Eddie Dominguez: Garden of Eden

September 1, 2018 - January 20, 2019
Galleria Cases

  • Blue Cross
    Eddie Dominguez
    2014
    ceramic, oil paint, and resin
    Courtesy of the artist.

  • Rain Cloud
    Eddie Dominguez
    2009
    ceramic, oil paint, and resin
    Courtesy of the artist.

  • Adam and Eve
    Eddie Dominguez
    2001
    ceramic
    Courtesy of the artist.

  • Thundercloud
    Eddie Dominguez
    2015
    ceramic
    Courtesy of the artist.

This exhibition, which includes several new sculptures never before on public view, debuts Eddie Dominguez and his oeuvre to the Chattahoochee Valley. The youngest of eight children, Eddie Dominguez grew up in Tucumcari, New Mexico, between Albuquerque and Amarillo on historic Route 66. He came to national prominence in the mid-1980s for clay pieces like Anton’s Flowers II, hybrid works comprised of highly stylized dishes that also stack into sculptural forms. These accolades have led major institutions, like the Smithsonian American Art Museum, Washington, DC; the Museum of Arts & Design, New York; and the Arizona State University Art Museum Ceramics Research Center, Tempe, to collect his work.

In his oeuvre, the artist frequently references his home state’s vegetation, landforms, weather, and Hispano-Catholic culture. Childhood influences also include a plethora of creative female relatives––a mother who sewed, an aunt who crocheted––and a brother who ran an upholstery shop. The dual nature of Dominguez’s objects, which inhabit the gray area between utility and art for art’s sake, reflects his personal experience as a New Mexican who studied ceramics in the Anglodominated East: whether we see “art” or “craft,” local Hispano or melting pot American depends completely on the immediate context. Dominguez has taught at the University of Nebraska– Lincoln since 1998.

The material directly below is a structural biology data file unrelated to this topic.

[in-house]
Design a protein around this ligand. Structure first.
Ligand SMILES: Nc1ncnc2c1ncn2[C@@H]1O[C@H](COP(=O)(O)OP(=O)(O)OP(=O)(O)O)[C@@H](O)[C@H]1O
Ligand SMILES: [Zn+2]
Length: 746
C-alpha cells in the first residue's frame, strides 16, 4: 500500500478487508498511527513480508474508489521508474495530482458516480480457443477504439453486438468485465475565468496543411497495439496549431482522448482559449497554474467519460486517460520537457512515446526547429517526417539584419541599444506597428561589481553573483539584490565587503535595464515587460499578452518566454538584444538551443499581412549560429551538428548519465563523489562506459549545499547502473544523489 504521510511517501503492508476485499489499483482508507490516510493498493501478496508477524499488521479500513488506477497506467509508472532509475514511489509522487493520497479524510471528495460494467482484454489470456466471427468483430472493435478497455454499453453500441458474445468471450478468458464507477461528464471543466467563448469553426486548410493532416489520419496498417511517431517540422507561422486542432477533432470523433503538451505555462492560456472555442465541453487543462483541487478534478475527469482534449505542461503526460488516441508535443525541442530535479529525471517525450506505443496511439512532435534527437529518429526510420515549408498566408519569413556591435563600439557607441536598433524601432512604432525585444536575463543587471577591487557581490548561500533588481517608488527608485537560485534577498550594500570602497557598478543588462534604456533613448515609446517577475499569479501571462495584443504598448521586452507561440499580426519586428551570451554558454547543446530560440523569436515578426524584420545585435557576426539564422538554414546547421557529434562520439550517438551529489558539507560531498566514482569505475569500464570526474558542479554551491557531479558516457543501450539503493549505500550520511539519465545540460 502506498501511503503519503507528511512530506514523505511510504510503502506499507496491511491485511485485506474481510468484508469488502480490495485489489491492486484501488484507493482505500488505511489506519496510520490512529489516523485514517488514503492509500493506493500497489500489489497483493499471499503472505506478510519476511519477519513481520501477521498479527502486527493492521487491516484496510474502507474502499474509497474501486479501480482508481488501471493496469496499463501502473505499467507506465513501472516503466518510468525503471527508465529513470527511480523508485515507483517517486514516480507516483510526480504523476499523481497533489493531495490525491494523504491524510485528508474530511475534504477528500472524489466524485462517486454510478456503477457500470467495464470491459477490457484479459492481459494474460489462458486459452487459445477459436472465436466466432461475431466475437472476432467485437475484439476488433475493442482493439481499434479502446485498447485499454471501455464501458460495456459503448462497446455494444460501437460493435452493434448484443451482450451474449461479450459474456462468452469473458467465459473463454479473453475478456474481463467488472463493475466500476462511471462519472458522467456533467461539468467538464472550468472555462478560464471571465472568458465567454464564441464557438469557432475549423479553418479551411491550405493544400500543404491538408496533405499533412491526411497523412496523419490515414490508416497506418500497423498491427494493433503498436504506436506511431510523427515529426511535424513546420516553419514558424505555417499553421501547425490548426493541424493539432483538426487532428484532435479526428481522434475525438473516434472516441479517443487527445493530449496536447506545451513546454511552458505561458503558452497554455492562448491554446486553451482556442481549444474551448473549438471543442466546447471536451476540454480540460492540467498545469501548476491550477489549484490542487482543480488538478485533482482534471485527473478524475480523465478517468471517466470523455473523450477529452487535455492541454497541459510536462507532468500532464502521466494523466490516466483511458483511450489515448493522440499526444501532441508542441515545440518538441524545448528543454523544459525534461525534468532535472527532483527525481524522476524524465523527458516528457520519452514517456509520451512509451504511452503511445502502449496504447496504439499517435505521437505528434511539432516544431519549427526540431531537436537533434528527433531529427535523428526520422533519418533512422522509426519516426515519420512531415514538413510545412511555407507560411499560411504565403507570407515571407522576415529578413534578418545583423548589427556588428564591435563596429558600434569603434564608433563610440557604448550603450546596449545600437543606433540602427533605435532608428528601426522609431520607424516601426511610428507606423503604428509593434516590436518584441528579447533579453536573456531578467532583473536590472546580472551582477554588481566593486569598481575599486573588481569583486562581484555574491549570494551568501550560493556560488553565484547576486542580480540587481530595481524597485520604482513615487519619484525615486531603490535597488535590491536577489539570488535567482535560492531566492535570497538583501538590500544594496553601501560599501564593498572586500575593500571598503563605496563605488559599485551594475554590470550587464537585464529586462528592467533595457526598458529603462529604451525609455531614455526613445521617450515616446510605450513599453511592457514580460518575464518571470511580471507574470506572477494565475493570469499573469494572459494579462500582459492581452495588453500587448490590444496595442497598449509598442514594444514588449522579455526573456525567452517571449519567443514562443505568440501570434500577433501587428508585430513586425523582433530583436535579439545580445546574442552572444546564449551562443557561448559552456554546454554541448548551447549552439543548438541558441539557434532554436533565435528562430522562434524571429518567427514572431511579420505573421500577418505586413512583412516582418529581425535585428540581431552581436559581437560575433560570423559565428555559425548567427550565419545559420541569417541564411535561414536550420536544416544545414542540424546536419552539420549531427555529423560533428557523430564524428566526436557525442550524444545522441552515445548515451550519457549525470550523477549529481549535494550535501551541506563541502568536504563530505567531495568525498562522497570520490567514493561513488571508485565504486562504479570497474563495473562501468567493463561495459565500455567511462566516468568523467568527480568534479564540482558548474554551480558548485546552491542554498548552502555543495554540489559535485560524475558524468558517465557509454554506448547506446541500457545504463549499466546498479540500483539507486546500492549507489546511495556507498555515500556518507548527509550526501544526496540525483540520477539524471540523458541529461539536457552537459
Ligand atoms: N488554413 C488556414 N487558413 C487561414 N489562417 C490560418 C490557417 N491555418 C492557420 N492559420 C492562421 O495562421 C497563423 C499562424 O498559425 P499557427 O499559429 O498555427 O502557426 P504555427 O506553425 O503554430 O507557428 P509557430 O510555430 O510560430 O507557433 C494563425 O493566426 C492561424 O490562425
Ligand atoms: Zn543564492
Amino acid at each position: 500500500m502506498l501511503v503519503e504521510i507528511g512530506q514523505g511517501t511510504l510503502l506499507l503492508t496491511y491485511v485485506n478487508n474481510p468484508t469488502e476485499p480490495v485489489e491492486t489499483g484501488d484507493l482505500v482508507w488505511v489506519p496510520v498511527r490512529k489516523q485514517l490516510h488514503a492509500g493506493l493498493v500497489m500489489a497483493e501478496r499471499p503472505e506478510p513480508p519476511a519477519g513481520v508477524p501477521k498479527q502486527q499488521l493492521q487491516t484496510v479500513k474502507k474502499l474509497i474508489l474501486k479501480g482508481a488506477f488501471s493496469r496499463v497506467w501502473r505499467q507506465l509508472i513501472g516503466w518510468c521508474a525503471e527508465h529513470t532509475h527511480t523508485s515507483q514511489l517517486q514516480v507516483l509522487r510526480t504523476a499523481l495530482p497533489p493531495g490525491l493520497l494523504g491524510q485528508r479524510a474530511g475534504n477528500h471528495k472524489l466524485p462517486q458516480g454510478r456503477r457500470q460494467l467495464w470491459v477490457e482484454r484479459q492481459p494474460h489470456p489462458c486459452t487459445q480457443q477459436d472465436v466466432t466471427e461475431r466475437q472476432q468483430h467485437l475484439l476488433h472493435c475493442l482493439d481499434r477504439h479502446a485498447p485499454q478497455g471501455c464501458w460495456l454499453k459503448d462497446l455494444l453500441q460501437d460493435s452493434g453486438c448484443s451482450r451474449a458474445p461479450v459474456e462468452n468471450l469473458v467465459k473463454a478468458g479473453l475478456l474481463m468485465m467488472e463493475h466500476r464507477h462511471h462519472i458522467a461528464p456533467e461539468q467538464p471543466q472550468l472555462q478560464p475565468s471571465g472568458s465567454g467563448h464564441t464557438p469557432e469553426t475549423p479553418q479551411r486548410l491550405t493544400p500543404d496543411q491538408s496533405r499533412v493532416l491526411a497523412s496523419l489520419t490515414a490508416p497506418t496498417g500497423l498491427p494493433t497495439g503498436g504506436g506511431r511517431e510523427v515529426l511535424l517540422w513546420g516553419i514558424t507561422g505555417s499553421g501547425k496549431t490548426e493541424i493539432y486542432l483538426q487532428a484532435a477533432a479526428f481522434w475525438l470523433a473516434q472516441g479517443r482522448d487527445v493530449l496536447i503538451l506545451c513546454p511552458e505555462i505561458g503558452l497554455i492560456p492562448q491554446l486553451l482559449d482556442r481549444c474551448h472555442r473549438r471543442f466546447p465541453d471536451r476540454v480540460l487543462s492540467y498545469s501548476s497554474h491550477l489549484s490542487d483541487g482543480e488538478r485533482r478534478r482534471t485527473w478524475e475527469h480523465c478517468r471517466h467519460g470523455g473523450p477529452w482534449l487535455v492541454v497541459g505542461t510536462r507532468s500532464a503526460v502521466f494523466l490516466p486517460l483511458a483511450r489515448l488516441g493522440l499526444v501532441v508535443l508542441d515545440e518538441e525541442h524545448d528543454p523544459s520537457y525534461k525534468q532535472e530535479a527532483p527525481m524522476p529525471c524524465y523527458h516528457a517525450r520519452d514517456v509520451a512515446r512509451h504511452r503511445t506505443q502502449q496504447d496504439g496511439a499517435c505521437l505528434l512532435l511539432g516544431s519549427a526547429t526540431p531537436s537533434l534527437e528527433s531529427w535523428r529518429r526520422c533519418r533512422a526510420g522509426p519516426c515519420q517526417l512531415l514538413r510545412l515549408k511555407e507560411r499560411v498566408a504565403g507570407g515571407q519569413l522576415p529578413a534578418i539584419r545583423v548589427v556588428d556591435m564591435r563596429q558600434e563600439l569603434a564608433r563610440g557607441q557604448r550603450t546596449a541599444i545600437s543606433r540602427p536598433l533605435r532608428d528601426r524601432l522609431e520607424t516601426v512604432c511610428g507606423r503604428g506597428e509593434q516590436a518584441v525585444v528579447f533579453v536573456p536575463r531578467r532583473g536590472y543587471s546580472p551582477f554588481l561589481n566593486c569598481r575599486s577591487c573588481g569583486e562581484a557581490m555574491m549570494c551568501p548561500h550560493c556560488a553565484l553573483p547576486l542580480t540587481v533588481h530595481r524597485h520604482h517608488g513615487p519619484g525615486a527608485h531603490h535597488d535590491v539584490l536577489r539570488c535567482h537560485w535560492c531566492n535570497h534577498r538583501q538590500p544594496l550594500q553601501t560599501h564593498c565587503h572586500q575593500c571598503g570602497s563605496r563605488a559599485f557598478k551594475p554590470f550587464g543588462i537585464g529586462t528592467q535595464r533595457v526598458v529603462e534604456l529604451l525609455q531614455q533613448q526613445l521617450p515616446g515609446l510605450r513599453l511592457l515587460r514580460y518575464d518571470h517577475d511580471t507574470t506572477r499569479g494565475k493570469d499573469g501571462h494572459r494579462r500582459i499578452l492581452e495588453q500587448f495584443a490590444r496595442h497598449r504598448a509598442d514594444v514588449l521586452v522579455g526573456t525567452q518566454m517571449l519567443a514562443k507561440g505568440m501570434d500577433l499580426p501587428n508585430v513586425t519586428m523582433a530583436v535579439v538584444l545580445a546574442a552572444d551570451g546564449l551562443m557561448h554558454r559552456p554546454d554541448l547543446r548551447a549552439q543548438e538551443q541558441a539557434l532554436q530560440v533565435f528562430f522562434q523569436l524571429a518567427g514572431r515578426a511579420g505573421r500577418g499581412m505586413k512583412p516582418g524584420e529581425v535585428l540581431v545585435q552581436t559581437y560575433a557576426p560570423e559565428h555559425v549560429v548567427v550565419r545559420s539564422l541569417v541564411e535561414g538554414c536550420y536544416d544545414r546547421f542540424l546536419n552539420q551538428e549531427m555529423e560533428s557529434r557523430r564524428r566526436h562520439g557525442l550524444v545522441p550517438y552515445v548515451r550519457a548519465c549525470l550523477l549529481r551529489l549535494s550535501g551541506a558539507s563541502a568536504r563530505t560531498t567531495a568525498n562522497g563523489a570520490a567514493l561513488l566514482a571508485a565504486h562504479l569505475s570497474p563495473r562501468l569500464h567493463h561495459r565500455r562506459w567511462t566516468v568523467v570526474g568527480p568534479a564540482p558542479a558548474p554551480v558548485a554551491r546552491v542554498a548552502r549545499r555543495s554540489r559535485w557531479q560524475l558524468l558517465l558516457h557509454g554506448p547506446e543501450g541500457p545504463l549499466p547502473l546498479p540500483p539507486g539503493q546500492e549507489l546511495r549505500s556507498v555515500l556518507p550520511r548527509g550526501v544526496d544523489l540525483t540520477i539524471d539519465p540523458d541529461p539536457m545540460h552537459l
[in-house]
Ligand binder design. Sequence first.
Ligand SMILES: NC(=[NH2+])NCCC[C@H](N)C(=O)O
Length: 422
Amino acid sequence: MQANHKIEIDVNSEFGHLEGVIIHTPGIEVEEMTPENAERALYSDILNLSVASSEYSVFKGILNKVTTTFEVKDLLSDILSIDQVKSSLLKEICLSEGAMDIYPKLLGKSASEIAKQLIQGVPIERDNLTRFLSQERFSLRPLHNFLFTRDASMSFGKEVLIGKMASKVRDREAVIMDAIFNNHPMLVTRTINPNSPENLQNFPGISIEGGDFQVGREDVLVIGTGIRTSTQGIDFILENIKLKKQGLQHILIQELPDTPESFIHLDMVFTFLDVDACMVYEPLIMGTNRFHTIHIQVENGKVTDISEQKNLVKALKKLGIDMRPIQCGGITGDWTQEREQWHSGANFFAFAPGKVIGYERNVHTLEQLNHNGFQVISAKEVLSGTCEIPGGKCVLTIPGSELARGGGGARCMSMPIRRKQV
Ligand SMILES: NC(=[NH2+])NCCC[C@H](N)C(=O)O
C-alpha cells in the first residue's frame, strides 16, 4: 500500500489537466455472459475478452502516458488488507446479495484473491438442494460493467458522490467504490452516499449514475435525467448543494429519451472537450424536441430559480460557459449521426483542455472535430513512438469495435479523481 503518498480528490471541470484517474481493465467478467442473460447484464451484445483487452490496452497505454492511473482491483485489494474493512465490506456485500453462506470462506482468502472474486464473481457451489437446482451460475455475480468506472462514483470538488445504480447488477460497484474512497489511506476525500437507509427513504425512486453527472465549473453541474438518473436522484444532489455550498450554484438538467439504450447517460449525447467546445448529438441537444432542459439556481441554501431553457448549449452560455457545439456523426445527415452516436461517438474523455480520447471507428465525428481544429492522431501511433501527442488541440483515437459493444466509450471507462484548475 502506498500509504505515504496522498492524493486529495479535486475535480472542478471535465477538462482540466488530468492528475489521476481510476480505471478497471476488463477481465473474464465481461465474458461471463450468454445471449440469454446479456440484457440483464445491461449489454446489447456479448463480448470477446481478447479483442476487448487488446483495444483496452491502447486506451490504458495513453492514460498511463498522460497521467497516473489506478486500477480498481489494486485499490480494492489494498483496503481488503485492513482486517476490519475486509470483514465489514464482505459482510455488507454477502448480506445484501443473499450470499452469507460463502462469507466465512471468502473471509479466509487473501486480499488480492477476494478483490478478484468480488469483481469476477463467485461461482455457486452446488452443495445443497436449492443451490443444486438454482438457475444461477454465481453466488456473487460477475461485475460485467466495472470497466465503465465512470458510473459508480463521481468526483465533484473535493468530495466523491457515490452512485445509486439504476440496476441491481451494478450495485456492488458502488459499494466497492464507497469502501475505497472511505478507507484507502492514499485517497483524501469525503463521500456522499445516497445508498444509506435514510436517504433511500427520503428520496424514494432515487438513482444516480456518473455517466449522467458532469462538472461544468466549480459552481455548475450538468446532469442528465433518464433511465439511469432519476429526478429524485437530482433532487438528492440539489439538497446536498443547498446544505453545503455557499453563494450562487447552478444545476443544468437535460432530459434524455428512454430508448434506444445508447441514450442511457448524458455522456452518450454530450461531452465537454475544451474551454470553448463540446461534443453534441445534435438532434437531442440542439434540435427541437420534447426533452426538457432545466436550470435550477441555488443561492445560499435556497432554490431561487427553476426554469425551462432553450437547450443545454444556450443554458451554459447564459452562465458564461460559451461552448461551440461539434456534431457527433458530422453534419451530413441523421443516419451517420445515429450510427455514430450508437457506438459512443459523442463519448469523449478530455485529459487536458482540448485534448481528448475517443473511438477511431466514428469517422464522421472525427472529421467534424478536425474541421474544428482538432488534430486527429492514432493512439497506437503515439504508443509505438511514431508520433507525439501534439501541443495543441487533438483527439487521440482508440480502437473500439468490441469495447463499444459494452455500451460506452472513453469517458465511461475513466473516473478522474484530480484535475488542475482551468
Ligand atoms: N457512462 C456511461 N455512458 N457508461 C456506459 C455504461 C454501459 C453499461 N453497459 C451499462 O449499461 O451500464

This exhibition is supported in part by Georgia Council for the Arts through the appropriations of the Georgia General Assembly. Georgia Council for the Arts also receives support from its partner agency – the National Endowment for the ArtsIt is also supported by the Columbus Convention and Visitors Bureau and Columbus Cultural Arts Alliance, and by the Landrum Educational Endowment Fund.

                 

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